from The American Heritage® Dictionary of the English Language, 4th Edition
- adj. Of, characterized by, involving, or relating to cognition: "Thinking in terms of dualisms is common in our cognitive culture” ( Key Reporter).
- adj. Having a basis in or reducible to empirical factual knowledge.
from Wiktionary, Creative Commons Attribution/Share-Alike License
- adj. The part of mental functions that deals with logic, as opposed to affective which deals with emotions.
from the GNU version of the Collaborative International Dictionary of English
- adj. Knowing, or apprehending by the understanding.
from The Century Dictionary and Cyclopedia
- Capable of cognition; learning; knowing.
- Pertaining to cognition: as, the cognitive faculties.
- n. In grammar, a particular form of a root word, expressing recognition or knowledge.
from WordNet 3.0 Copyright 2006 by Princeton University. All rights reserved.
- adj. of or being or relating to or involving cognition
British cognitive psychologist Ros Crawley comments: "The idea that women become forgetful and absentminded during pregnancy has become a stereotype in our society, but my own studies have found very little difference in cognitive function between women who are or are not pregnant."
Though Freud's waning prestige has weakened tendencies to assume that he had somehow demonstrated the reality of unconscious intentionality, the rise of cognitive science has created a new climate of educated opinion that also takes elaborate non-conscious mental machinations for granted ” the ˜cognitive unconscious.™
The term "cognitive dissonance" was first applied to this stance - in which bare fact cannot undermine strong contrary belief.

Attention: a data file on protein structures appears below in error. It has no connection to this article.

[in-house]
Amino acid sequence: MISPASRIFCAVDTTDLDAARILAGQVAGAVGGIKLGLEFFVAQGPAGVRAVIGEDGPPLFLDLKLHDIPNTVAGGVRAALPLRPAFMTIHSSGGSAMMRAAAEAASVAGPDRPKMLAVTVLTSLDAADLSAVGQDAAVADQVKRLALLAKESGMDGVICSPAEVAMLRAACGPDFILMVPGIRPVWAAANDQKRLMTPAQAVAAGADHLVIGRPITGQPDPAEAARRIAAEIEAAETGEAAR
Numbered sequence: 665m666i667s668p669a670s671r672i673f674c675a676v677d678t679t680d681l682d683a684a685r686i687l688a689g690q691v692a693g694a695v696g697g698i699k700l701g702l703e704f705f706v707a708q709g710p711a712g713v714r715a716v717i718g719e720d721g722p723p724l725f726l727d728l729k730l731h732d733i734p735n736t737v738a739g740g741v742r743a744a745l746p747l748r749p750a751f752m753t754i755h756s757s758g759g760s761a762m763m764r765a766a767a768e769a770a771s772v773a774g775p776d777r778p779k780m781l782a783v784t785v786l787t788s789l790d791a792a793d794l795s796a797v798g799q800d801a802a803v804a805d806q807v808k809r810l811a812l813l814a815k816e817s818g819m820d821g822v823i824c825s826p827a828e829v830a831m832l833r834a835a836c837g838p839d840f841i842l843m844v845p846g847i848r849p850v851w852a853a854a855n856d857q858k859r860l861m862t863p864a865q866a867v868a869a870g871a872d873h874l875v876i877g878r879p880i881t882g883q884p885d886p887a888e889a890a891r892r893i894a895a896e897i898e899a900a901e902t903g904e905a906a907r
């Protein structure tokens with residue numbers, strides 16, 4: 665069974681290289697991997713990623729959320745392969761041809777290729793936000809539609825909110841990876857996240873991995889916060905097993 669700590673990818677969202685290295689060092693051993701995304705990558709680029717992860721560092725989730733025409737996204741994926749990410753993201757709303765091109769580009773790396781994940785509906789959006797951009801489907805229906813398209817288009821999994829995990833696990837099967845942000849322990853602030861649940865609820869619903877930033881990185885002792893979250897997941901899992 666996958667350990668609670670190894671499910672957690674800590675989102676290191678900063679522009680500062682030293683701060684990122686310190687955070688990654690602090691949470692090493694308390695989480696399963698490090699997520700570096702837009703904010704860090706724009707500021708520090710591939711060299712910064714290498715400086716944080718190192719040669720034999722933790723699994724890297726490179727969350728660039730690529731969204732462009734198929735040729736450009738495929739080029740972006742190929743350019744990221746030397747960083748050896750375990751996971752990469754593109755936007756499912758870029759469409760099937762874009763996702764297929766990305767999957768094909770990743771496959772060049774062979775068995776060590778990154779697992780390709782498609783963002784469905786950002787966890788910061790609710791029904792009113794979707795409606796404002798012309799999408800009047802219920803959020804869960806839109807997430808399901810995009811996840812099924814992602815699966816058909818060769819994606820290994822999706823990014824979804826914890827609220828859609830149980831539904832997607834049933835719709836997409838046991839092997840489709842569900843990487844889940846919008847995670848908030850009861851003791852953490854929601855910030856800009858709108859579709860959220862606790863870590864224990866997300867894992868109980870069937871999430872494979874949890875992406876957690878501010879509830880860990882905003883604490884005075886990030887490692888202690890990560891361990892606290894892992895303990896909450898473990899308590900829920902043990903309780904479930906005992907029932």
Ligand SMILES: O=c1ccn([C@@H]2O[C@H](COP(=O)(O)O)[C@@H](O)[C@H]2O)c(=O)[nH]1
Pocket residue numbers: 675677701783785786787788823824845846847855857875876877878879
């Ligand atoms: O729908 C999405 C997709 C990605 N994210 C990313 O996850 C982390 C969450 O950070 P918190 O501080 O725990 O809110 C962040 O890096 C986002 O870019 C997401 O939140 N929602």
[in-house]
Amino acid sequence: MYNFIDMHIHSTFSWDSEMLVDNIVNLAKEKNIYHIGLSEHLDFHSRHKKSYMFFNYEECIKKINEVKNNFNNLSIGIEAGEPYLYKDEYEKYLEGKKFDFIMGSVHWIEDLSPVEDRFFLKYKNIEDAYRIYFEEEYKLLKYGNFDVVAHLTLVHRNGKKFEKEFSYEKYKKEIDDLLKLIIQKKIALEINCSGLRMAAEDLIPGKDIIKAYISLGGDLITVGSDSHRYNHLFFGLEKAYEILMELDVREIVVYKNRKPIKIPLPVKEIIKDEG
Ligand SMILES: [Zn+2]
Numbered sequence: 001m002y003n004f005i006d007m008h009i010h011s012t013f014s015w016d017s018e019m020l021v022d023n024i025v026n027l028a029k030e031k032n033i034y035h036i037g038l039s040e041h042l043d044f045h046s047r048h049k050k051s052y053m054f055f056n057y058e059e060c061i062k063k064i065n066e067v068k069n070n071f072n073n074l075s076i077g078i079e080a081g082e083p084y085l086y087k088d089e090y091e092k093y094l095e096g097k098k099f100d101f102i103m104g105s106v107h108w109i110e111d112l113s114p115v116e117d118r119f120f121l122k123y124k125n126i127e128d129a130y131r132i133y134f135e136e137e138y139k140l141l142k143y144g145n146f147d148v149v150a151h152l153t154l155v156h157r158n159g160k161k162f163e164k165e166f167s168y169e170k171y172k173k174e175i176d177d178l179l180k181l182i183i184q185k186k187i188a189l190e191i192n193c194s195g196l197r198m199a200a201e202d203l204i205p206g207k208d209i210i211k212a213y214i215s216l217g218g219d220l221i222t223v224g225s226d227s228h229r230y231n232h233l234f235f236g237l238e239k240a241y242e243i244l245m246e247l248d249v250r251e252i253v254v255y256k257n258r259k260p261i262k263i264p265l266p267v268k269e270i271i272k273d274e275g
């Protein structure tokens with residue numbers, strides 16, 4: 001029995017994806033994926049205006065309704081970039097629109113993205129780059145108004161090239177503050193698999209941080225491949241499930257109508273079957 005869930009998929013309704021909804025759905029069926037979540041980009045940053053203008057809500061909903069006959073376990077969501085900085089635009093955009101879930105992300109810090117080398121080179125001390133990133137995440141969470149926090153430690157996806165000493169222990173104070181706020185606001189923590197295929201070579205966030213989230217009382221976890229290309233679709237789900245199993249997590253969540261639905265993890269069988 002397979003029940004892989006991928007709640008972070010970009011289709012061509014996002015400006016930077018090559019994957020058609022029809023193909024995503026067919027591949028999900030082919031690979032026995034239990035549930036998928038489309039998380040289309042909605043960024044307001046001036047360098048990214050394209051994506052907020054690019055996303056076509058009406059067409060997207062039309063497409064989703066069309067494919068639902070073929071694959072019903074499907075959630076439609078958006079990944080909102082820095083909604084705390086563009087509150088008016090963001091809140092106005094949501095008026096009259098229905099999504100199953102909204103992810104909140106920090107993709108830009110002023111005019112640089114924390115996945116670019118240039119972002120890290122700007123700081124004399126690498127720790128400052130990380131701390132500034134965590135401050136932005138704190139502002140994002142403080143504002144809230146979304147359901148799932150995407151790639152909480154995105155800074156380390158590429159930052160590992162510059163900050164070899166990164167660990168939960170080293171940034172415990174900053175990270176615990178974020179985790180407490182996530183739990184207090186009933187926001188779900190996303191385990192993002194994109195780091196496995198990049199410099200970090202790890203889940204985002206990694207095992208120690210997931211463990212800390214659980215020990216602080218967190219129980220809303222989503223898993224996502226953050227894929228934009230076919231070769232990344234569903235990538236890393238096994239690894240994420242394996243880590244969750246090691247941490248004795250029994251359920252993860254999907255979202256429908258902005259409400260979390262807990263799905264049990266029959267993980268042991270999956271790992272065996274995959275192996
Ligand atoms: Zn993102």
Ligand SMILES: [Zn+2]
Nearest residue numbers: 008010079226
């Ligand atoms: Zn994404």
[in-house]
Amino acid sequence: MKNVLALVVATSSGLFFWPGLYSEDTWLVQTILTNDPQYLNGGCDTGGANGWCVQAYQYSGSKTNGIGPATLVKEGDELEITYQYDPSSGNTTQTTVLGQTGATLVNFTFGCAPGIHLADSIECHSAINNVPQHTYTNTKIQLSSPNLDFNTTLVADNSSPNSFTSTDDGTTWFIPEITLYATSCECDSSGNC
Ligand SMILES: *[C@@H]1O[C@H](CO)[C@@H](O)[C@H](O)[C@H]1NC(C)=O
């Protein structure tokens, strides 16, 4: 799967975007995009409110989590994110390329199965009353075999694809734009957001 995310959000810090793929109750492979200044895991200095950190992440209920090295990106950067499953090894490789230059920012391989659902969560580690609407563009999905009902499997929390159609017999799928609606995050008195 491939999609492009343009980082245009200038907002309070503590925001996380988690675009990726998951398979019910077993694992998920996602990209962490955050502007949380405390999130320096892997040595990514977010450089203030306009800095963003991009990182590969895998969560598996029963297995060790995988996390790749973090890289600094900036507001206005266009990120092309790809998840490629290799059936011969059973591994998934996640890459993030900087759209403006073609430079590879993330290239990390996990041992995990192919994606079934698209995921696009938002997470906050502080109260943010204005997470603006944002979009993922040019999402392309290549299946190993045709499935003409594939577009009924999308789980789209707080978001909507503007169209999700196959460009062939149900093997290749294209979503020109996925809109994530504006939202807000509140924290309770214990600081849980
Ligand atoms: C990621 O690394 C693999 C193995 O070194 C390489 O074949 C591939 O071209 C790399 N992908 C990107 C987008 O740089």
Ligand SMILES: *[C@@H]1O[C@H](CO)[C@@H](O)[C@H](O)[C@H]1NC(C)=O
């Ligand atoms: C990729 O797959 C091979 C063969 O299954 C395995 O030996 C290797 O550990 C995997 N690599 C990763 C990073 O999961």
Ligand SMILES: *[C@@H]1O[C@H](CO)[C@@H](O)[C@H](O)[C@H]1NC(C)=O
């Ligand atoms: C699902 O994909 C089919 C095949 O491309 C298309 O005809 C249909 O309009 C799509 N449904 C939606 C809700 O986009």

It was he who, back in the 1970s, coined the term "cognitive neuroscience"—with colleague George Miller—in the back seat of a New York taxi.
The term cognitive dysfunction covers the entire range of mental faculties from memory to abstract thinking and judgment.
Dude, should the term cognitive dissonance mean anything to us?
This is where the term cognitive dissonance has the possibity to fall flat on its face - at least when the concept is misused deliberately or accidentally as is the case when trying to apply cognitive dissonance to the subject of Man-made global warming.
�He says these findings fit with what researchers have theorized for a while now - mentally engaged people build up what he calls a cognitive reserve that may help them compensate when the initial damage of Alzheimer's - including a buildup of plaques and tangles in the brain - start to develop.
We see what we call cognitive constriction within the clinical field, which is - it's sort of like tunnel vision, an inability to solve problems and to kind of think of options and select a solution that would be optimal.
In the late '70s, Ulric Neisser, the pioneering researcher who coined the term cognitive psychology, launched a broad attack on the approach of Ebbinghaus and his scientific kin.